Michelangelo Antonioni
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Michelangelo Antonioni | 1912-2007

Massimo Girotti and Lucia Bose in a scene from the 1950 film “Cronaca di un Amore,” directed by Michelangelo Antonioni. (LACMA)
Antonioni shows his special jury prize for “L’Avventura” to Italian actress Monica Vitti at the 1960 Cannes Film Festival. (AP)
The director waves at the Venice Film Festival in 1964. (Mario Torrisi / AP)
On the set of “Blowup” in 1966. (David Willis)
A former film critic and documentarian, Antonioni had a decade of feature filmmaking behind him when he achieved international renown in 1960 with “L’Avventura (“The Adventure”), which many consider his finest film. (EPA)
Antonioni’s three cinematic parables of alienation — “L’Avventura” (“The Adventure”), “La Notte” (“The Night”) and “L’Eclisse” (“The Eclipse”) — marked what film historian Andrew Turner called the discovery of a “new cinematic language.” (Hulton Archive / Getty Images)
Antonioni and fellow Italian director Federico Fellini in Cannes in 1971. (Michel Lipchitz / AP)
Jack Nicholson and Maria Schneider star in Antonioni’s 1975 film “The Passenger.” (United Artists)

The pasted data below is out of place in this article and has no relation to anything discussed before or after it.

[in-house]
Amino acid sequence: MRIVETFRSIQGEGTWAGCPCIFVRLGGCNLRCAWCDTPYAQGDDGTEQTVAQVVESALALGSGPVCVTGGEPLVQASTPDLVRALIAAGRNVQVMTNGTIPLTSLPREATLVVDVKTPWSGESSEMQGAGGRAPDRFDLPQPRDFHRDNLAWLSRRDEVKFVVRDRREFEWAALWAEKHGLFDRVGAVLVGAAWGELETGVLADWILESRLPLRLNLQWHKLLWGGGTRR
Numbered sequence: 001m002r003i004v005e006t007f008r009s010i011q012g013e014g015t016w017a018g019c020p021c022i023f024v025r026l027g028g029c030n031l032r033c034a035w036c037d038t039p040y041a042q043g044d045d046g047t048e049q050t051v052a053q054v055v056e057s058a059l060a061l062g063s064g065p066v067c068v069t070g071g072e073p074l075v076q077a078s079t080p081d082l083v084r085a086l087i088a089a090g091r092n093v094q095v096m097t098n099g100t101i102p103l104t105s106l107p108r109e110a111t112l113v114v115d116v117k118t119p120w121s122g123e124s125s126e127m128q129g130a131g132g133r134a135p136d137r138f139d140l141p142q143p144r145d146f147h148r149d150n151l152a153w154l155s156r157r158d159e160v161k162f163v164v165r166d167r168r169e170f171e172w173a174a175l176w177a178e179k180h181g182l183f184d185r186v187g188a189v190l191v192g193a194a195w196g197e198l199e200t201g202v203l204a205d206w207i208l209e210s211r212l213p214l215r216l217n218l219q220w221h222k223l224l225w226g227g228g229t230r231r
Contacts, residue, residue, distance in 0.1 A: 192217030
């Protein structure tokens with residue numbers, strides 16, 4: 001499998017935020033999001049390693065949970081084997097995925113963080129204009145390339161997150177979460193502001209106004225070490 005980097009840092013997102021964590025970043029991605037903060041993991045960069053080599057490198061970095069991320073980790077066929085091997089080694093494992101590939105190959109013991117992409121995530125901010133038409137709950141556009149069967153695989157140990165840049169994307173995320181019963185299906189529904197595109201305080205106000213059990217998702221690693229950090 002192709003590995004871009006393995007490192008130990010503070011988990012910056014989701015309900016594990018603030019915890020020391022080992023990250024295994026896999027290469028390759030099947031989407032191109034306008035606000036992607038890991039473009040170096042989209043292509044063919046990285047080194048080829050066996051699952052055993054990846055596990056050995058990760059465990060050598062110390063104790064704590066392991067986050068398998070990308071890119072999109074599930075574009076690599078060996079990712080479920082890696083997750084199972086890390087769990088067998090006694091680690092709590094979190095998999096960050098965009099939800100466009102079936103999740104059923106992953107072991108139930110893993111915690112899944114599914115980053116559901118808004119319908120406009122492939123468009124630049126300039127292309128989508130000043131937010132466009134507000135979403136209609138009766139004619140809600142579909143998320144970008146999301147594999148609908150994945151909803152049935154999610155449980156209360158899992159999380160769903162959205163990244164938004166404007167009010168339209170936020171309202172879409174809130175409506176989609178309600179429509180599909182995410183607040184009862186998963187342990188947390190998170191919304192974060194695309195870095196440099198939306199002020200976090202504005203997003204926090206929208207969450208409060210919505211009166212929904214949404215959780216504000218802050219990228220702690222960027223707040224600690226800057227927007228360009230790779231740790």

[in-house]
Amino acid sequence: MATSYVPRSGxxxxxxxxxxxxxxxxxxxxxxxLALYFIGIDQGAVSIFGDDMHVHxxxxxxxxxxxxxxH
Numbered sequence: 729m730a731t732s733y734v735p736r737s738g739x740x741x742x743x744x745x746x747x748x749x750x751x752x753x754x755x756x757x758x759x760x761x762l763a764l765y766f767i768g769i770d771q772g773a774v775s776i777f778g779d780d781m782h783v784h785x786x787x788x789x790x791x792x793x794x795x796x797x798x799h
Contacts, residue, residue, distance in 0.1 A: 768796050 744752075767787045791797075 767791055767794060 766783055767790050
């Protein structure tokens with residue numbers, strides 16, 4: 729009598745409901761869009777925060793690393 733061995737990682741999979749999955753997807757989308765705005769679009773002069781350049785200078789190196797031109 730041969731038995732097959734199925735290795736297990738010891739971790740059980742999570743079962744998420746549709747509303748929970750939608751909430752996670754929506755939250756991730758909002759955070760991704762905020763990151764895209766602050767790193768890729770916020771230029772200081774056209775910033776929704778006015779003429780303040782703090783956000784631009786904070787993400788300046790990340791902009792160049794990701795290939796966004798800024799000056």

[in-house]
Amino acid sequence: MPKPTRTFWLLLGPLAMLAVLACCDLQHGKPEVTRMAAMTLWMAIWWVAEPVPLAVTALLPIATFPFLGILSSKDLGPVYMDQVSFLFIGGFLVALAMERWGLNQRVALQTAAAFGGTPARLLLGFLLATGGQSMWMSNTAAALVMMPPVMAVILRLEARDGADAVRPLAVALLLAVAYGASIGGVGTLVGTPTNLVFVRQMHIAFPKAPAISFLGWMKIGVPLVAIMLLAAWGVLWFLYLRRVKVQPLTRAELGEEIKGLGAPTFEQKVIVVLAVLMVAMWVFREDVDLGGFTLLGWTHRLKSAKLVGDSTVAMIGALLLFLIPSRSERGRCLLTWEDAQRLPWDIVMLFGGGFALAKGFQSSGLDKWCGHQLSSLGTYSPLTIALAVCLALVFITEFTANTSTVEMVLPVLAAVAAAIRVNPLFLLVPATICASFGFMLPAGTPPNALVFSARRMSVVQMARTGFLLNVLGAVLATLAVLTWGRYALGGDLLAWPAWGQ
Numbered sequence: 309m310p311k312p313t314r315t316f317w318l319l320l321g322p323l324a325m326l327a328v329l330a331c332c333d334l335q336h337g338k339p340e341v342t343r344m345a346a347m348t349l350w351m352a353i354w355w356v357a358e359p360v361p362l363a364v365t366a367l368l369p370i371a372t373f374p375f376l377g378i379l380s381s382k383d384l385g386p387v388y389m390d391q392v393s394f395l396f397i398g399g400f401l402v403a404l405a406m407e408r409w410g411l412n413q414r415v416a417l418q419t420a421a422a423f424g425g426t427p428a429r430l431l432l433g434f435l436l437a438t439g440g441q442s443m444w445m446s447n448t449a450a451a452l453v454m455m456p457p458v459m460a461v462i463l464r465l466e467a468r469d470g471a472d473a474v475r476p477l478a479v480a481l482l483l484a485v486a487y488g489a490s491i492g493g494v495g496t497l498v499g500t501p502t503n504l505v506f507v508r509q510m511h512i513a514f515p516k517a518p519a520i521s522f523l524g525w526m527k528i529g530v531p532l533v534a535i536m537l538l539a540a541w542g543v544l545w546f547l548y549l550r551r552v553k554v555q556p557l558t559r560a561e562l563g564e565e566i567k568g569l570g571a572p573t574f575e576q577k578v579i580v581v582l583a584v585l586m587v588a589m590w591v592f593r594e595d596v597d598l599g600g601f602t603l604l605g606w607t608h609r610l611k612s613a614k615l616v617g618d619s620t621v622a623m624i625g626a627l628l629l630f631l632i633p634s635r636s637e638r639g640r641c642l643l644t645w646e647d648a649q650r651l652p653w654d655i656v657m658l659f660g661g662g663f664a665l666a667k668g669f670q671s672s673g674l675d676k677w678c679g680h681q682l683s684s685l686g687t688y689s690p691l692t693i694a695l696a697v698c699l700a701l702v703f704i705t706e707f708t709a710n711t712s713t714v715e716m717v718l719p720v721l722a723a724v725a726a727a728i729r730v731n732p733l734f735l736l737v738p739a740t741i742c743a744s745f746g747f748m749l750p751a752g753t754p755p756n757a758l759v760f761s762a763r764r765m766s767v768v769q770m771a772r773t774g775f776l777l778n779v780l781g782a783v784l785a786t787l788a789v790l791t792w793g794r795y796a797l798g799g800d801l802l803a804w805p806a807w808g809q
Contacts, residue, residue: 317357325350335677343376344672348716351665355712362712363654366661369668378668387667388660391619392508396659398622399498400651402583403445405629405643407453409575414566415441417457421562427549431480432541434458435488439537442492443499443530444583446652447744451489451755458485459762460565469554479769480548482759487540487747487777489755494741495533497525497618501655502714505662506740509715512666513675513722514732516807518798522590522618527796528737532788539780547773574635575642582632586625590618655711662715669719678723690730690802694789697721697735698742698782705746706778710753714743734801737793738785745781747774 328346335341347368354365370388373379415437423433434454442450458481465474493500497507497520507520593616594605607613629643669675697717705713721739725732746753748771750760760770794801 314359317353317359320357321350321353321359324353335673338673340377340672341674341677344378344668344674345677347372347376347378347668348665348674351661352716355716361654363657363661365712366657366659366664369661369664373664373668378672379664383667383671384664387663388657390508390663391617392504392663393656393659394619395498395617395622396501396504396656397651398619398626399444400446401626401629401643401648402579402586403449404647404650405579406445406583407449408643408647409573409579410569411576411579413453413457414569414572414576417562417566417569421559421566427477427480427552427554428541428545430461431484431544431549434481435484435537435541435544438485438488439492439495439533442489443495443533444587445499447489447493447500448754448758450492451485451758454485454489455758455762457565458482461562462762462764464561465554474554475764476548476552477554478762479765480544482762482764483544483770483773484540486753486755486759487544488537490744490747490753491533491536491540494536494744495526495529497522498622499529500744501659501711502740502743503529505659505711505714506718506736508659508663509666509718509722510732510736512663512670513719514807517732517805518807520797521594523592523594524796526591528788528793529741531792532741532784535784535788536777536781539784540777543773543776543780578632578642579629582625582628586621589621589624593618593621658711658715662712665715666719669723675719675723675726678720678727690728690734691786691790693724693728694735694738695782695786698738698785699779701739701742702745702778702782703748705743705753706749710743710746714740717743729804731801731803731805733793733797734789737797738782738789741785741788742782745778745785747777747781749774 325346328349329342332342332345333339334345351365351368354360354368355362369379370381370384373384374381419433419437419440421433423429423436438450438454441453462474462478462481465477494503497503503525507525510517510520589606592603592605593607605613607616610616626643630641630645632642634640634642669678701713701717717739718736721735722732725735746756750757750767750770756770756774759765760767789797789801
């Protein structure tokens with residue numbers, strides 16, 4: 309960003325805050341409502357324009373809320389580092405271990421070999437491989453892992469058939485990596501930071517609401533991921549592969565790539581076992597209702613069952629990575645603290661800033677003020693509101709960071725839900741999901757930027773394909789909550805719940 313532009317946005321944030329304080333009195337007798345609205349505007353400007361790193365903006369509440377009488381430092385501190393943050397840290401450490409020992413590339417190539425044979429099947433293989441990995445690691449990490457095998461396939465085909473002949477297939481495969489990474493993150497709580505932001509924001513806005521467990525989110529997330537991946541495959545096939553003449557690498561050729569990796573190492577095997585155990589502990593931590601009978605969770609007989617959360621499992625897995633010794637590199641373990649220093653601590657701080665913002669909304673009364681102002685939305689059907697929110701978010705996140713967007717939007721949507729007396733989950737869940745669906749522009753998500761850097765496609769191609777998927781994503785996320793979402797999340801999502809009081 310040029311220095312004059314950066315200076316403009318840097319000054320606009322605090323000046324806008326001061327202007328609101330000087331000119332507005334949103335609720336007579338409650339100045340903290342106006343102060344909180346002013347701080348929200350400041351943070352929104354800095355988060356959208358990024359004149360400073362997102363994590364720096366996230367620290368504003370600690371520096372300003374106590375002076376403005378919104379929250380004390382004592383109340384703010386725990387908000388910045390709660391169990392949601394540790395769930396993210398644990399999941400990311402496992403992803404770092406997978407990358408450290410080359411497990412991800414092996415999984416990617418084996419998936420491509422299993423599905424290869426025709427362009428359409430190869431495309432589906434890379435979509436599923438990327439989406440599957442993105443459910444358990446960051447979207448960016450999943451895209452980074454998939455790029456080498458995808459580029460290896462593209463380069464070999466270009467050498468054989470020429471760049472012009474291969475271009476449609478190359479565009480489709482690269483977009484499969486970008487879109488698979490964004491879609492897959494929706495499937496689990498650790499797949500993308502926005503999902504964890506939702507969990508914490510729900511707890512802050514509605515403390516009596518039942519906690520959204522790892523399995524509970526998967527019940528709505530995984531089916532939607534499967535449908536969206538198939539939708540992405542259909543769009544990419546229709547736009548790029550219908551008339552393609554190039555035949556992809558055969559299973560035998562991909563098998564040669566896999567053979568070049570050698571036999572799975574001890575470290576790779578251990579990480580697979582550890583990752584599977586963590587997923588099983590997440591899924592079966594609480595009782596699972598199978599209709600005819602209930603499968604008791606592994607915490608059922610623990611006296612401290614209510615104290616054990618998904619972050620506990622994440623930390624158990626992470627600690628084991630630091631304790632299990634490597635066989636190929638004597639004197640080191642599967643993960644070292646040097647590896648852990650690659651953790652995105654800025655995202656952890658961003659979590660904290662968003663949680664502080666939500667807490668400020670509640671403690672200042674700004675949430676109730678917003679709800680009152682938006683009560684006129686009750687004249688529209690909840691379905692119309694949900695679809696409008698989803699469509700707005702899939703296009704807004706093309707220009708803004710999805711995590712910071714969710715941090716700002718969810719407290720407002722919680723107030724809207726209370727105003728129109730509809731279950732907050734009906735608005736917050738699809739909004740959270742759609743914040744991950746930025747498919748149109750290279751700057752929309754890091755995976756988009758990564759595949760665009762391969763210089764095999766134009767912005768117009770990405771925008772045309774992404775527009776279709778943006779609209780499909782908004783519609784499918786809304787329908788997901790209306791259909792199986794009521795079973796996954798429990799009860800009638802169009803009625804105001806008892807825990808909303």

Antonioni and Jack Nicholson in Los Angeles in 1975. (AP)
Times film critic Kevin Thomas has described Antonioni as “one of the most rigorous screen poets in the history of film,” a director who “communicates as much as possible through the camera rather than by dialogue.” (AP)
Some moviegoers complained that Antonioni’s films were too slow, too intellectual and too vague, thus prompting the term “Antonioniennui.” (EPA)
Antonioni and wife Enrica Fico in Venice, Italy, in September 2002. They were attending the Venice Film Festival, where he received the “San Marco” prize for his career. (Luca Bruno / AP)
Jack Nicholson and Michelangelo Antonioni at the 1995 Academy Awards, where the director received an honorary Oscar for lifetime achievement. (AMPAS)
Michelangelo Antonioni in September 2006. A debilitating stroke in 1985 had severely limited his ability to speak. (Alessia Paradisi / EPA)